A live tree contains a great amount of water in the walls and cell cavities of the fibers of the wood. When the log is cut into lumber and exposed to the air, the fibers shrink and dry out as the water in the wood is evaporated. The seasoning process consists of the elimination of water from the wood pores. If the drying process is not done properly the wood checks, warps, splits and is subject to stain and insect attack. The degree to which the water content is removed from the wood depends upon the purposes for which the seasoned lumber is to be used. For some purposes, such as for boxes or crating, the wood need not be thoroughly dry, while wood used in the manufacture of furniture, fixtures, etc. must be thoroughly dry and very well seasoned. In general the wood used by the aver-age home craftsman must be thoroughly seasoned.
There are two principal processes used in seasoning wood, namely air drying and kiln drying. As a rule the quantity of lumber of any particular kind used by the home craftsman is comparatively small and his lumber is obtained from a local lumber yard or from a dealer specializing in woods for his use. He should insist upon getting thoroughly seasoned lumber and, if possible, obtain dry-kilned supplies.
There are a number of publications available regarding the specialized processes of seasoning lumber, and since the average home craftsman is not equipped for seasoning lumber by the dry-kiln process, this discussion will be limited to a brief description of air drying.
Air drying consists of piling the lumber, usually outdoors, in such a way that the air can circulate throughout the pile and thus absorb the moisture from the wood through evaporation. The atmospheric conditions in the locality and the way in which the lumber is piled influences the degree and speed with which the moisture in the lumber is removed. It usually requires many months to properly season lumber by air drying. If the lumber is carefully and properly piled and stripped with narrow pieces called "stickers", air drying can be accomplished so as to avoid warping, excessive checking, stain, decay or insect infestation.
A proper base should be prepared upon which the lumber is to be piled so that there will be proper drainage and the air can pass freely underneath, around and through the pile. The boards or lumber should be laid in rows with air spaces between each piece and narrow strips or stickers placed from 2 to 4 feet apart and spaced uniformly throughout the pile, directly over each other and at both ends placed flush or slightly beyond the ends of the board. The layers are given a pitch of about one inch to the foot for drainage. The pile should be situated so as to take full advantage of the prevailing winds and should be sloped from the front to the rear for proper drainage during rainy weather. A "roof", or top protective covering should be put over the lumber pile consisting of a double layer of boards placed crosswise to the pile and overlapping each other. The roof should be stripped so that it will be approximately five or six inches above the first layer of lumber and provide ample air circulation. It should overlap one to two feet in front but only a few inches in the rear, sufficient to reasonably deflect the rain from the pile.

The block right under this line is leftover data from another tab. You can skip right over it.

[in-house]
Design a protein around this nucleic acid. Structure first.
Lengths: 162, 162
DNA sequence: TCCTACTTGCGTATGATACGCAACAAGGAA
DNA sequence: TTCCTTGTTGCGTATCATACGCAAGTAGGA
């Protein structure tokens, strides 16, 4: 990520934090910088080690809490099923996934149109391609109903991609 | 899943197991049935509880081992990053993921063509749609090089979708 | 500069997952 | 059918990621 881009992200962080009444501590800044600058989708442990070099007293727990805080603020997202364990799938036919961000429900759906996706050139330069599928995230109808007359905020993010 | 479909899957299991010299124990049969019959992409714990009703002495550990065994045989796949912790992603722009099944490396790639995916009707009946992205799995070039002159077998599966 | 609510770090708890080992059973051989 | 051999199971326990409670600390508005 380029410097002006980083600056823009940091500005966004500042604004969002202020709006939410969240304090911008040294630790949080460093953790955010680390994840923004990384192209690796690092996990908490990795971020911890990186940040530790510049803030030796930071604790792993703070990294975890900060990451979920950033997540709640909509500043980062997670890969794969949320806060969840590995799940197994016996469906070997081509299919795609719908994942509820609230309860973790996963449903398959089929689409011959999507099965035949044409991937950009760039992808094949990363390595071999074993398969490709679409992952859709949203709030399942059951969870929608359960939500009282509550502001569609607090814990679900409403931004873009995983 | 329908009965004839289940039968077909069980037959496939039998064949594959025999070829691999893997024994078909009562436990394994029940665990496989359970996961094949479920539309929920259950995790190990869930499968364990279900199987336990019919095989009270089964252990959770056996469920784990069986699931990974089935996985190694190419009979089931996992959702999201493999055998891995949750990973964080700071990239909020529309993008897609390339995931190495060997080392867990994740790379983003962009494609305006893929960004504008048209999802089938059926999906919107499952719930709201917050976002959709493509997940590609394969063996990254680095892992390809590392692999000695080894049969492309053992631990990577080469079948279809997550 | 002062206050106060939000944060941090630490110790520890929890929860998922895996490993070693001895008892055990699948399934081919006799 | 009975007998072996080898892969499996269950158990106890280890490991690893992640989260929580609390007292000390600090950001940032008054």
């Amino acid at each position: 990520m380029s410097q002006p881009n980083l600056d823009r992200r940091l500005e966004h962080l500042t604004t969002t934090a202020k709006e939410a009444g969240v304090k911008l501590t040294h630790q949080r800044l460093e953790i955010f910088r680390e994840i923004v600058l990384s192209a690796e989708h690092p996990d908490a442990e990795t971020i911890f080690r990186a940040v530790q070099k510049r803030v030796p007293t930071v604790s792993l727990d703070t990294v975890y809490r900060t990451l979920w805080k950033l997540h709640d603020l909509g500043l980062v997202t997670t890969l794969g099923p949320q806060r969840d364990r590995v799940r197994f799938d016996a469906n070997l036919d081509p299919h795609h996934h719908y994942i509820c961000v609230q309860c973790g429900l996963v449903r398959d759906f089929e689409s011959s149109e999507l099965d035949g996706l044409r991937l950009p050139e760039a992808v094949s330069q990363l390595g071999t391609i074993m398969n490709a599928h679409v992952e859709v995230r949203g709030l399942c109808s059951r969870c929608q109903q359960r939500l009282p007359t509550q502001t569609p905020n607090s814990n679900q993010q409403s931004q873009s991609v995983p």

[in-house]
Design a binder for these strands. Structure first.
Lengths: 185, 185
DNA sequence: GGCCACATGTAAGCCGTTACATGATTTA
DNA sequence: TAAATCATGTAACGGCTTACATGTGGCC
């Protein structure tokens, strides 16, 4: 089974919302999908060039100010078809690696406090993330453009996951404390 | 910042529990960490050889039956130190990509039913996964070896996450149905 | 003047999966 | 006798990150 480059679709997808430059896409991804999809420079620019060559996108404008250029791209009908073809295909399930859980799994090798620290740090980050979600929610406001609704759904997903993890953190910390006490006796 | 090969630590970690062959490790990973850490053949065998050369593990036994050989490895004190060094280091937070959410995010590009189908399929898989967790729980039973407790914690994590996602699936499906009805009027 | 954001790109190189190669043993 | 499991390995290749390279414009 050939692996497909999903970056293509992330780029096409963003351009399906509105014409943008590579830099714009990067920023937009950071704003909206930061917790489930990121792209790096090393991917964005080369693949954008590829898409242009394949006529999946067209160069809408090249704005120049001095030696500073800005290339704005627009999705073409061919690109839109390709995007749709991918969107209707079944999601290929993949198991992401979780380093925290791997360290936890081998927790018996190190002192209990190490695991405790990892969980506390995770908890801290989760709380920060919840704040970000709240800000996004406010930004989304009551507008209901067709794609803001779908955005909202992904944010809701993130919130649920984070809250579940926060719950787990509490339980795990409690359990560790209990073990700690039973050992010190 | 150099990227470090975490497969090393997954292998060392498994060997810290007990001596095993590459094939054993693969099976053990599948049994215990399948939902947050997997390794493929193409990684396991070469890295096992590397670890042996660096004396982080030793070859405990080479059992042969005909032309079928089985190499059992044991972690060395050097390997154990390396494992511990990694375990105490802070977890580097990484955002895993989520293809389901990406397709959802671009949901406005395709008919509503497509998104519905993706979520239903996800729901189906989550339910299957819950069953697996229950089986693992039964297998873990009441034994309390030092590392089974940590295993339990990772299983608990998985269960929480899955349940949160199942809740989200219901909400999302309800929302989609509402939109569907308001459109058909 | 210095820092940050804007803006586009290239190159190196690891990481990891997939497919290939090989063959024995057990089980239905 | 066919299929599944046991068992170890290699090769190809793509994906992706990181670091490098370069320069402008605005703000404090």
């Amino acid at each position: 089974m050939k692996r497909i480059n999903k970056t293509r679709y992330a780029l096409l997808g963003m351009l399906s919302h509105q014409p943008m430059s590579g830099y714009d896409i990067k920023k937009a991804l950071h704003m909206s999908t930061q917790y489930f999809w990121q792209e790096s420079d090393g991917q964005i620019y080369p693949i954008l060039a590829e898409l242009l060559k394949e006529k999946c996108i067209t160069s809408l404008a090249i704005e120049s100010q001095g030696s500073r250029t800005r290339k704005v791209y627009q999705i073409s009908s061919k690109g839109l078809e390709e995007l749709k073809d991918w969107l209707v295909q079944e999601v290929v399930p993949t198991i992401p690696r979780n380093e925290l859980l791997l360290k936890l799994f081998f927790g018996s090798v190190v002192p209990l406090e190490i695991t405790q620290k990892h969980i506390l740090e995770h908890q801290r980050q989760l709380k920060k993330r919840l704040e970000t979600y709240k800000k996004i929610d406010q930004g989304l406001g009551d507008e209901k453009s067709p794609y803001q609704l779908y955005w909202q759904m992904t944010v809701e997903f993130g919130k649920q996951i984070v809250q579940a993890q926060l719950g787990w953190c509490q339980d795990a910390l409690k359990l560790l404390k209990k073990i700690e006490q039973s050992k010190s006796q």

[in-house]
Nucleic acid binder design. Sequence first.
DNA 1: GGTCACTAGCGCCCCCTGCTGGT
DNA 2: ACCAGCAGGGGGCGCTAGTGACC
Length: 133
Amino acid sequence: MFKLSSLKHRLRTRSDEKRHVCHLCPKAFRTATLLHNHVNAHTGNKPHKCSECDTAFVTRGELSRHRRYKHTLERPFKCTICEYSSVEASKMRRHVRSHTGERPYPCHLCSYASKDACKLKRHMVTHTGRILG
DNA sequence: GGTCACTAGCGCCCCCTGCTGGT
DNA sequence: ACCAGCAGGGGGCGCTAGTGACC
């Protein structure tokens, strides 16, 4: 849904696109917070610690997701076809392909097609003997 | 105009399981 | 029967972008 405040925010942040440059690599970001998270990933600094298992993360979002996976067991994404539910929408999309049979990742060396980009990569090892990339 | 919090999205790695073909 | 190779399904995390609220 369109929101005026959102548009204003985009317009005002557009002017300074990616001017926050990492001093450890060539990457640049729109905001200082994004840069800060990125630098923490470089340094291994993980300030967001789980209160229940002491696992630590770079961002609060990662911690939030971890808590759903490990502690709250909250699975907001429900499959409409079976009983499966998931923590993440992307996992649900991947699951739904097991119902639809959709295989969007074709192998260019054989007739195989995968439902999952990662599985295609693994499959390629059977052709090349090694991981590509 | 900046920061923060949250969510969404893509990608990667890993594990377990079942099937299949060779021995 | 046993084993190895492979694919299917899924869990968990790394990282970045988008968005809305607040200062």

If lumber is dried too rapidly excessive checking and warping occurs. This can be controlled by using thinner stickers, making wider piles, narrowing the spaces between the boards in the piles and also between piles, placing covers over the piles as a protection against the weather and reducing the flow of air through the vents.
Some lumber companies stand the lumber on end and at an angle, leaving spaces between the boards and stripping between the rows, and without a roof covering. This system is followed to some extent in the Southern states where the rainfall is comparatively light. Piling is also done in this manner by some concerns in the Pacific Northwest with certain species of lumber. However, more satisfactory and thorough results are obtained by air drying lumber in piles as above explained.
It may be found more convenient to the average craftsman to air-dry his lumber in a building or open shed to avoid excessive exposure to the weather.
Quite frequently the home craftsman desires to season a small section of a log or limb without sawing it into pieces of lumber. Sections from a small or medium sized tree or limb can be dried conveniently by placing a good covering of paraffin over each end of the piece and over each cut where a branch has been cut off, and storing it in a dry place where the air can freely circulate all around it. A sealer such as is used by nurserymen when trimming trees may also be used in lieu of the paraffin. Ample time should be allowed for the moisture to be completely evaporated from the piece. Usually this will require several months to a year or more.
Any craftsman desiring to study the subject of wood seasoning in more detail may obtain a number of bulletins on the subject at small cost from the Superintendent of Documents, Government Printing Office, Washington, D.C.